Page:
scale_y_continuous(breaks = pretty_breaks(n = 6)) +
  scale_x_continuous(breaks = pretty_breaks(n = 6)) +
  scale_color_kani() + 
  theme_minimal() + 
  theme(
    plot.title = element_text(face = "bold", size = rel(1.8), family = "Merriweather"),
    plot.subtitle = element_text(size = rel(1.2), family = "Merriweather Light", margin = margin(0,0,20,0)),
    text = element_text(family = "Noto Sans CJK JP Light"),
    axis.title.x = element_text(margin = margin(20, 0, 0, 0)),
    axis.text = element_text(size = rel(1)),
    legend.position = "top",
    panel.grid.minor = element_blank(),
    legend.text = element_text(size = rel(0.8))
  ) + 
  labs(
    title = "Population growth rates in countries\ndifferentiated by income",
    y = "Population per million",
    x = "Year",
    color = "",
    subtitle = "Middle income countries have been experiencing\nhigher population growth than other countries"
  )

Population Growth Rate

Studying total population numbers is great, but what’s even useful is to look at the rate by which the population changes in regions. The population growth rate of a country can be defined as the rate at which the number of individuals changes over a period of time expressed as a percentage of the population at the beginning of that time period.

Mathematically,

\[ Population\ growth \ rate = \frac{Pop(t_2) - Pop(t_1)}{Pop(t_1)(t_2 - t_1)} \]

where,

\(t_1\) and \(t_2\) are beginning and end times of the time period. In our data these are successive years so the difference is always 1.

and

\(Pop(t)\) is the number of individuals at time \(t\).

We can use the lag() function in dplyr to calculate the yearly growth rate for each country/region in the dataset. As an example, we can see the population growth rate of the world starting from 1950 as shown in this plot:

population %>%
  filter(Country == "WORLD") %>%
  mutate(growth_rate = population/lag(population, 1) - 1) %>%
  ggplot(aes(year, growth_rate)) +
  geom_line(size = 1, color = "#f15c5c") + 
  scale_y_continuous(labels = percent_format(), limits = c(0, 0.022)) +
  scale_x_continuous(breaks = pretty_breaks(n = 6)) + 
  theme_minimal() + 
  theme(
    plot.title = element_text(face = "bold", size = rel(1.8), family = "Merriweather"),
    plot.subtitle = element_text(size = rel(1.2), family = "Merriweather Light", margin = margin(0,0,20,0)),
    text = element_text(family = "Noto Sans CJK JP Light"),
    axis.title.x = element_text(margin = margin(20, 0, 0, 0)),
    axis.text = element_text(size = rel(1)),
    panel.grid.minor = element_blank()
  ) + 
  labs(
    x = "Year",
    y = "Population Growth Rate (%)",
    title = "Population Growth Rate of the World",
    subtitle = "Average yearly change in population between 1950-2015"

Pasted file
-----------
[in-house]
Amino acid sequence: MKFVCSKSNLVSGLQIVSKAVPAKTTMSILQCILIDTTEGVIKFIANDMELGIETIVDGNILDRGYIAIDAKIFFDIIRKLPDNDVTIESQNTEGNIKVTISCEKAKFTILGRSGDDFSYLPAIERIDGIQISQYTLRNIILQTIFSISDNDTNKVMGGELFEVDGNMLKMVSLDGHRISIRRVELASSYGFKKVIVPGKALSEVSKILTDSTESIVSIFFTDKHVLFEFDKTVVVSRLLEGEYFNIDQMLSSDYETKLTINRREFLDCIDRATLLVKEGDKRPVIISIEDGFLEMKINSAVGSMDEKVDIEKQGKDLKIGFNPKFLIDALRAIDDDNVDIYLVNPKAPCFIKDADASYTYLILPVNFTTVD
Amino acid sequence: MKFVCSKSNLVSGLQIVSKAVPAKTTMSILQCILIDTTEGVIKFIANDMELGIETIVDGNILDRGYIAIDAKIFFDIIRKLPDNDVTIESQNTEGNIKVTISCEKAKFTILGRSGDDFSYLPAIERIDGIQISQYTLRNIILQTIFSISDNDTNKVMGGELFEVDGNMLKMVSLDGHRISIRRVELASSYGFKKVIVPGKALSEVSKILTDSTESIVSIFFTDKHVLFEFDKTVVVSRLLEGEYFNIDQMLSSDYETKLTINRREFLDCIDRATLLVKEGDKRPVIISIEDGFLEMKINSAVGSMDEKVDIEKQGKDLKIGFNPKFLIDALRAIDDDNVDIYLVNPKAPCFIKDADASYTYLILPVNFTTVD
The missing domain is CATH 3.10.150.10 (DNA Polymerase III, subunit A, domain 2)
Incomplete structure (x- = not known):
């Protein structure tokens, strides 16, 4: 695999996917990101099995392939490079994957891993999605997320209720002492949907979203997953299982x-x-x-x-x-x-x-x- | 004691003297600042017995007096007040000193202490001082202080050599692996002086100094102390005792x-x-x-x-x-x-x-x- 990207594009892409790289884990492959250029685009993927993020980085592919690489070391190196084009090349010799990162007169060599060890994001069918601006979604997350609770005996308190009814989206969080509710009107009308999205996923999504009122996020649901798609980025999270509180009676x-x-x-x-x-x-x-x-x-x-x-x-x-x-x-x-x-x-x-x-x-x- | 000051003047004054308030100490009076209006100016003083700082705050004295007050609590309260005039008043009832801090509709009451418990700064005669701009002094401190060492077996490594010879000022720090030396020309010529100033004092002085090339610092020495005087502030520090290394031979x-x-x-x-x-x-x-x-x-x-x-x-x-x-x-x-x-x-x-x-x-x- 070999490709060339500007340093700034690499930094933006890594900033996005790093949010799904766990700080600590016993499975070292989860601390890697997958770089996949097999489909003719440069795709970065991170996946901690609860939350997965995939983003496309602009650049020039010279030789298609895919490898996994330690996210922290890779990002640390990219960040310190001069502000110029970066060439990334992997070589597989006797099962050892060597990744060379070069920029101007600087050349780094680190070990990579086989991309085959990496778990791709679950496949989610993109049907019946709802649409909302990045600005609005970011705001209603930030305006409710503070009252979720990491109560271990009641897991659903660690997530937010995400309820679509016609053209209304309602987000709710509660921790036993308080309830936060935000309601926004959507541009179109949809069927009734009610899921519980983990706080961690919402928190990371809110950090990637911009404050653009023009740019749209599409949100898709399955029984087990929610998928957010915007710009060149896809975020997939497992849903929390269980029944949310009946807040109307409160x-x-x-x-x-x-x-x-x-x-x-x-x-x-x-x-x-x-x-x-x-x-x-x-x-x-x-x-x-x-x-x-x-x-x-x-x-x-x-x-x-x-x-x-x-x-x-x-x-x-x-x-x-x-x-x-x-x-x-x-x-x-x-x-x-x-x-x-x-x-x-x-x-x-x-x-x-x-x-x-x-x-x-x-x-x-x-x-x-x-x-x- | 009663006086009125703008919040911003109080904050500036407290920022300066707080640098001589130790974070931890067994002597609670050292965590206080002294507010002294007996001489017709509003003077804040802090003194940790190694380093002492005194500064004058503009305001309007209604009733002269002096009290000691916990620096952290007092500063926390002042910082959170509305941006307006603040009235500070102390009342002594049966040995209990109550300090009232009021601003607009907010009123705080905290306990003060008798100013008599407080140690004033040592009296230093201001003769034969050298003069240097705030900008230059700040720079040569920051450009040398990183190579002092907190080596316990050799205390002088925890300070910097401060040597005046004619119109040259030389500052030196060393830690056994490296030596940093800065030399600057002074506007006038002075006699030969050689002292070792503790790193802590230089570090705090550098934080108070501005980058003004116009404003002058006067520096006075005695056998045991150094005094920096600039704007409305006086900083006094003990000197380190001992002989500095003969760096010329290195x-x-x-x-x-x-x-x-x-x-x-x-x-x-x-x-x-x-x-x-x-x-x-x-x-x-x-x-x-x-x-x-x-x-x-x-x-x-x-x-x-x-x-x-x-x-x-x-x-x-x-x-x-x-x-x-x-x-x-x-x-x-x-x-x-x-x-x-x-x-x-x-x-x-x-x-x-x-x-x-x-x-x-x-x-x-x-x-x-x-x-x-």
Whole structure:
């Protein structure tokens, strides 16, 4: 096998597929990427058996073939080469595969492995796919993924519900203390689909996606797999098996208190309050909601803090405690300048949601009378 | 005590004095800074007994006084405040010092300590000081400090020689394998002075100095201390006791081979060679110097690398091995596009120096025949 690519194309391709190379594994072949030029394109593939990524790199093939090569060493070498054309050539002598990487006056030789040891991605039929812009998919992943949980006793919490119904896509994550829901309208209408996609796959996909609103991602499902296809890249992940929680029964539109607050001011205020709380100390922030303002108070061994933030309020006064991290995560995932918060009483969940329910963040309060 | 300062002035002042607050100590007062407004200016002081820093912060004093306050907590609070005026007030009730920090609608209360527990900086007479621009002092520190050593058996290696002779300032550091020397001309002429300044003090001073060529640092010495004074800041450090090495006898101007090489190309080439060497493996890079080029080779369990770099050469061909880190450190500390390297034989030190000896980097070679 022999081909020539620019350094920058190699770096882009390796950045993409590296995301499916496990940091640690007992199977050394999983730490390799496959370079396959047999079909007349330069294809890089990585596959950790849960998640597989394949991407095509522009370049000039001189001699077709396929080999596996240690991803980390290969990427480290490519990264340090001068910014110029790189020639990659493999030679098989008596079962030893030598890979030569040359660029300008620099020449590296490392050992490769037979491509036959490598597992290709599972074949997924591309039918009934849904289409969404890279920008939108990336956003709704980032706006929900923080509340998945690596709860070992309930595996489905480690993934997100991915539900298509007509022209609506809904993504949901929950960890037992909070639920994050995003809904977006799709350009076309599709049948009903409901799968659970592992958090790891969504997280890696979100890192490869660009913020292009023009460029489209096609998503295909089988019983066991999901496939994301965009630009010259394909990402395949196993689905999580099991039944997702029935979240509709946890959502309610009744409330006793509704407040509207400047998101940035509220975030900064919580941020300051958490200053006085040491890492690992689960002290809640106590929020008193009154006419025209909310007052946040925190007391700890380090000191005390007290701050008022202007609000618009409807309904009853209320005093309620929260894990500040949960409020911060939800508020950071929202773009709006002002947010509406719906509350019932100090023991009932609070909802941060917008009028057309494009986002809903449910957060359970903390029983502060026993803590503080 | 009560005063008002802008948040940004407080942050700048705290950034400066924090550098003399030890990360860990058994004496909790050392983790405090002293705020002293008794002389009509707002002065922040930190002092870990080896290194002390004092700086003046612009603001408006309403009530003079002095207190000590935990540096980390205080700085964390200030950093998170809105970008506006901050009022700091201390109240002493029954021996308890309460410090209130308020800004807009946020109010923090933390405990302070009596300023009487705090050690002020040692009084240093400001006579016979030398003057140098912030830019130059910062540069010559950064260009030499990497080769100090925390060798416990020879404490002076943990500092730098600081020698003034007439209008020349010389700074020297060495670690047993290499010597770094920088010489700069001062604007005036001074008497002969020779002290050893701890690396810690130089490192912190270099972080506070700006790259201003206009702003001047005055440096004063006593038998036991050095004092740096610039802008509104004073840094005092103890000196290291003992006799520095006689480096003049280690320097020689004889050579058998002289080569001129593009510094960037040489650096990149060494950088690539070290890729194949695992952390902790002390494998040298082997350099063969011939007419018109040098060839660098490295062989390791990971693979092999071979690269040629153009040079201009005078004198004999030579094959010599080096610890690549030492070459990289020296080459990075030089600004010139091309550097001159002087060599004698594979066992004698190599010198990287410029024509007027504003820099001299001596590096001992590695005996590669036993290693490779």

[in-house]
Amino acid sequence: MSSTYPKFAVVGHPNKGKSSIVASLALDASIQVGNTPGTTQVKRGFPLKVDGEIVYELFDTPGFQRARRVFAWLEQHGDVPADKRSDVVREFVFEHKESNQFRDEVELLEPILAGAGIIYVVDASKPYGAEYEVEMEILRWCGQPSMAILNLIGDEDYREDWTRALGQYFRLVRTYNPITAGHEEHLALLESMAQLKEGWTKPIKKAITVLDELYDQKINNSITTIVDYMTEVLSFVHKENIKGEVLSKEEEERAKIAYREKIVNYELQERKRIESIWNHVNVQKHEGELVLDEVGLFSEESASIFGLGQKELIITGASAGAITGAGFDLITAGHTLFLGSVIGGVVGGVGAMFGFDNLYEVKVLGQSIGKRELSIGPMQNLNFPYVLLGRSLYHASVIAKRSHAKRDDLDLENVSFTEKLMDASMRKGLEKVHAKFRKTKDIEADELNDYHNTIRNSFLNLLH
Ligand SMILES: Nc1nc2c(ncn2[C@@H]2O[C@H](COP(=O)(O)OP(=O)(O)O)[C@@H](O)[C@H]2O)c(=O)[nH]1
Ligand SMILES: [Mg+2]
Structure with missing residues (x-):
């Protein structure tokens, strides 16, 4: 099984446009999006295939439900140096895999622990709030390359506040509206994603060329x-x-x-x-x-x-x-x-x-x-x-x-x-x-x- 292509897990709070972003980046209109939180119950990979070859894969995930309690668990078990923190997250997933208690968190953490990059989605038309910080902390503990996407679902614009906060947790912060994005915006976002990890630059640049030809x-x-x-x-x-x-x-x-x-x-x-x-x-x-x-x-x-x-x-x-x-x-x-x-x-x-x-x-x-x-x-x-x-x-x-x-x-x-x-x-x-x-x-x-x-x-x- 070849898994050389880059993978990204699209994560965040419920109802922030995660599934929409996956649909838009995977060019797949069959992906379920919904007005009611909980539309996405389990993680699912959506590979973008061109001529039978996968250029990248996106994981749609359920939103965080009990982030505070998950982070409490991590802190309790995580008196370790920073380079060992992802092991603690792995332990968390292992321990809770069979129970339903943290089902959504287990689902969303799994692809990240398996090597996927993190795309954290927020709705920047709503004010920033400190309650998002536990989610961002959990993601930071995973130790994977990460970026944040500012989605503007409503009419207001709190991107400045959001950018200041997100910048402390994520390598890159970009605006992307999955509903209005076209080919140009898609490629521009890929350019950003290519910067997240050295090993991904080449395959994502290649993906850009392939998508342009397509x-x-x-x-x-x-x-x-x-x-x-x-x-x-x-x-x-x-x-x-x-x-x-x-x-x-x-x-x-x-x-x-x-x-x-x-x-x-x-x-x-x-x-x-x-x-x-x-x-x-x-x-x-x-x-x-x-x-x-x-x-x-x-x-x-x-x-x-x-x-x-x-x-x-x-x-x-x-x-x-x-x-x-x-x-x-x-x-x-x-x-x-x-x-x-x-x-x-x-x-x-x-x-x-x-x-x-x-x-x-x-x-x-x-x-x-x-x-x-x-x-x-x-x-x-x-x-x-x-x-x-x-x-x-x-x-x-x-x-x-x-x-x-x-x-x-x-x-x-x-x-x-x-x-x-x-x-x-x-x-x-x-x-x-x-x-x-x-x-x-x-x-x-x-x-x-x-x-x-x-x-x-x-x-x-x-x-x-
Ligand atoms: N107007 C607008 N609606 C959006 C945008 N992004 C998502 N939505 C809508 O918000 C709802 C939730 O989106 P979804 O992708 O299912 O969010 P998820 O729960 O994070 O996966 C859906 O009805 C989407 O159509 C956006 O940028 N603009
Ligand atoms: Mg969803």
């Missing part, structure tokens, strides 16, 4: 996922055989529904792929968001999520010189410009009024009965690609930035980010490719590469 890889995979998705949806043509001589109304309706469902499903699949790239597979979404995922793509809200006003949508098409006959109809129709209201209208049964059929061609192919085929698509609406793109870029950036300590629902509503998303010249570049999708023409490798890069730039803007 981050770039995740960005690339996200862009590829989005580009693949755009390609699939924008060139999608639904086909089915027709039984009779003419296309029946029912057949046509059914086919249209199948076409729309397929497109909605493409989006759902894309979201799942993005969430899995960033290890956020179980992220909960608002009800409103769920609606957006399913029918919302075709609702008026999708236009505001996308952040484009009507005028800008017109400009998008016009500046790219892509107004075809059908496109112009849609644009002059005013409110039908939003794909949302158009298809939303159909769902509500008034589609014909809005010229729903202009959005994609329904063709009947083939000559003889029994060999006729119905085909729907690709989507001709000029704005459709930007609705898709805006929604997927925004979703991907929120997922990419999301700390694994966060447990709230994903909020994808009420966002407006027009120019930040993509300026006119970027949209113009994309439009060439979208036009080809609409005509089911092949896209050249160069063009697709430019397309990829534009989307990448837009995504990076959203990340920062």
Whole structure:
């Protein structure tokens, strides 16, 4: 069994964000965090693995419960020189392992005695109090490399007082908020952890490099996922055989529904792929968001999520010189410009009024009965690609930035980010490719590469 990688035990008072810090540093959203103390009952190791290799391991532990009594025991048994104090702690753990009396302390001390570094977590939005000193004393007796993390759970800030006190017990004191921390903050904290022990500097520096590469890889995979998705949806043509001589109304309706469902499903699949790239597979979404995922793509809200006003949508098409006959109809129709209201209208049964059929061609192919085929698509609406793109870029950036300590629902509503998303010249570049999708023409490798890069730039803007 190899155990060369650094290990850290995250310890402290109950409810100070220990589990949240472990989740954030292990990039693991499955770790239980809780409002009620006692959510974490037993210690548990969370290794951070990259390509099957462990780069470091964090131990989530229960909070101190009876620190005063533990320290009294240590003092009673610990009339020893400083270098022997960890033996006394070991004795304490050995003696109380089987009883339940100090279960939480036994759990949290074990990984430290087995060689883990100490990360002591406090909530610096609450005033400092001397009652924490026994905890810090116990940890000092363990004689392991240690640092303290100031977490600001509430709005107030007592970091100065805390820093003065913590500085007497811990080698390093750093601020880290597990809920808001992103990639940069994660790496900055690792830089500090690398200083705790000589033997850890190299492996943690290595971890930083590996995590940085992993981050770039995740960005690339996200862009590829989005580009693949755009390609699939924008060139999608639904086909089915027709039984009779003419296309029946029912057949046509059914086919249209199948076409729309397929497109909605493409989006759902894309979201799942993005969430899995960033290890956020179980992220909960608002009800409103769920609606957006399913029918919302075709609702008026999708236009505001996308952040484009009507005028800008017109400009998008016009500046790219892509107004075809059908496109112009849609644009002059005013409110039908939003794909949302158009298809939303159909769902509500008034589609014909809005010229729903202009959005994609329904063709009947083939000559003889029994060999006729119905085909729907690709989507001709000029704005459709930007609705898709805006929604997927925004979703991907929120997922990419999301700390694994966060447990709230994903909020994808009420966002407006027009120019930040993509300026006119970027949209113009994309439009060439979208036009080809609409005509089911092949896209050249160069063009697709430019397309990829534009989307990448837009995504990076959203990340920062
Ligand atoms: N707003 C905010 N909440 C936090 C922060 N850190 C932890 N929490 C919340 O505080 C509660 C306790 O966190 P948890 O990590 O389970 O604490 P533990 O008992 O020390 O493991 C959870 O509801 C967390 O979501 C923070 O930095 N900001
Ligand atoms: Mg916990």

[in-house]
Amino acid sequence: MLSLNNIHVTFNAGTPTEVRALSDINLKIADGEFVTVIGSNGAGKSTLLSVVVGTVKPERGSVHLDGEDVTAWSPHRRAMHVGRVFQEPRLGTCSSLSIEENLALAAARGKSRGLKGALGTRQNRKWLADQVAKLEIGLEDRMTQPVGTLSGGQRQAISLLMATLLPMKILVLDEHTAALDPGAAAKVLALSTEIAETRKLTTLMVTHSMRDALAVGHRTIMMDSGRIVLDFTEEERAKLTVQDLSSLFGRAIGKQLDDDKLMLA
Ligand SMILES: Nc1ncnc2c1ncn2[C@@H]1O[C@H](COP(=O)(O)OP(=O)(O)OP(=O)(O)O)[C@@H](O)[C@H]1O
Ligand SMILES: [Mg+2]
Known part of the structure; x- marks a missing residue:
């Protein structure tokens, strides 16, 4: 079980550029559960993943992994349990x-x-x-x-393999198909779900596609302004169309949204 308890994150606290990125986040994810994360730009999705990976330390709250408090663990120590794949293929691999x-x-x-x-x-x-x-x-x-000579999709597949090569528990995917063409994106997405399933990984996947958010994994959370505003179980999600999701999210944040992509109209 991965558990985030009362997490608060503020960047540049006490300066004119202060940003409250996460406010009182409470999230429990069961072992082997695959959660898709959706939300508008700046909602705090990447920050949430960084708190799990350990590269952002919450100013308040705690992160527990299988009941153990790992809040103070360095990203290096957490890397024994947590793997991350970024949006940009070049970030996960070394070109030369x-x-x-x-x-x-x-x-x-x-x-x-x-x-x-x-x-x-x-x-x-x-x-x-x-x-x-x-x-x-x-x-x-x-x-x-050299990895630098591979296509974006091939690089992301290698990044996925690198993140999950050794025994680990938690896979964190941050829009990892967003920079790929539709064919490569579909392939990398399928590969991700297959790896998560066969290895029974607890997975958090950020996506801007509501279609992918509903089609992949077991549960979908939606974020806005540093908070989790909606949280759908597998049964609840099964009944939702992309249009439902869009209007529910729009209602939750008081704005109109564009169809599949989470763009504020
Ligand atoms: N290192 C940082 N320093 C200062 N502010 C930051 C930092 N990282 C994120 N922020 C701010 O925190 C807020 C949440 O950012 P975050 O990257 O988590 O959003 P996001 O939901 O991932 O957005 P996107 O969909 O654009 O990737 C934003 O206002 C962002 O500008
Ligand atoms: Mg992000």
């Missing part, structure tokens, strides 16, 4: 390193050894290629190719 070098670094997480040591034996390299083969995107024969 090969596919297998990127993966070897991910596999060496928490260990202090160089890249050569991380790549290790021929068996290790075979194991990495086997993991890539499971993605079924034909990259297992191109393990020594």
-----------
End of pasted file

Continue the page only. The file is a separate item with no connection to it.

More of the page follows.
)

But this was for one region in the entire dataset! How can we fit this model for all regions? Easy, we just use map() from the purrr package which lets us extend a function to different kinds of groups within the data which in this case are countries/regions. This can be done by first nesting all the yearly population changes for each country as a dataframe, fitting the desired function for each country, and then unnesting to get rates for all countries.

growth_rate <- function(df) {
  return(df %>% transmute(growth_rate = population/lag(population, 1) - 1))
}

population_growth <- population %>%
  group_by(Country) %>%
  nest() %>%
  mutate(growth = map(data, growth_rate)) %>%
  unnest()

population_growth
## # A tibble: 18,018 x 5
##    Country  code  year population growth_rate
##    <chr>   <int> <dbl>      <dbl>       <dbl>
##  1 WORLD     900  1950    2536275     NA     
##  2 WORLD     900  1951    2583817      0.0187
##  3 WORLD     900  1952    2630584      0.0181
##  4 WORLD     900  1953    2677230      0.0177
##  5 WORLD     900  1954    2724302      0.0176
##  6 WORLD     900  1955    2772243      0.0176
##  7 WORLD     900  1956    2821383      0.0177
##  8 WORLD     900  1957    2871952      0.0179
##  9 WORLD     900  1958    2924081      0.0182
## 10 WORLD     900  1959    2977825      0.0184
## # ... with 18,008 more rows

Let’s look at the first plot in this post, but from the perspective of population growth rate:

population_growth %>%
  filter(str_detect(Country, "WORLD|income")) %>%
  ggplot(aes(year, growth_rate, group = Country, color = Country)) +
  geom_line(size = 1) + 
  scale_y_continuous(breaks = seq(0, 0.03, by = 0.005), limits = c(0, 0.03), labels = percent_format()) +
  scale_x_continuous(breaks = pretty_breaks(n = 6)) +
  scale_color_kani() + 
  theme_minimal() + 
  theme(
    plot.title = element_text(face = "bold", size = rel(1.8), family = "Merriweather"),
    plot.subtitle = element_text(size = rel(1.2), family = "Merriweather Light", margin = margin(0,0,20,0)),
    text = element_text(family = "Noto Sans CJK JP Light"),
    axis.title.x = element_text(margin = margin(20, 0, 0, 0)),
    axis.text = element_text(size = rel(1)),
    legend.position = "top",
    panel.grid.minor = element_blank(),
    legend.text = element_text(size = rel(0.8))
  ) + 
  labs(
    title = "Population growth rates in countries\ndifferentiated by income",
    y = "Population Growth Rate (%)",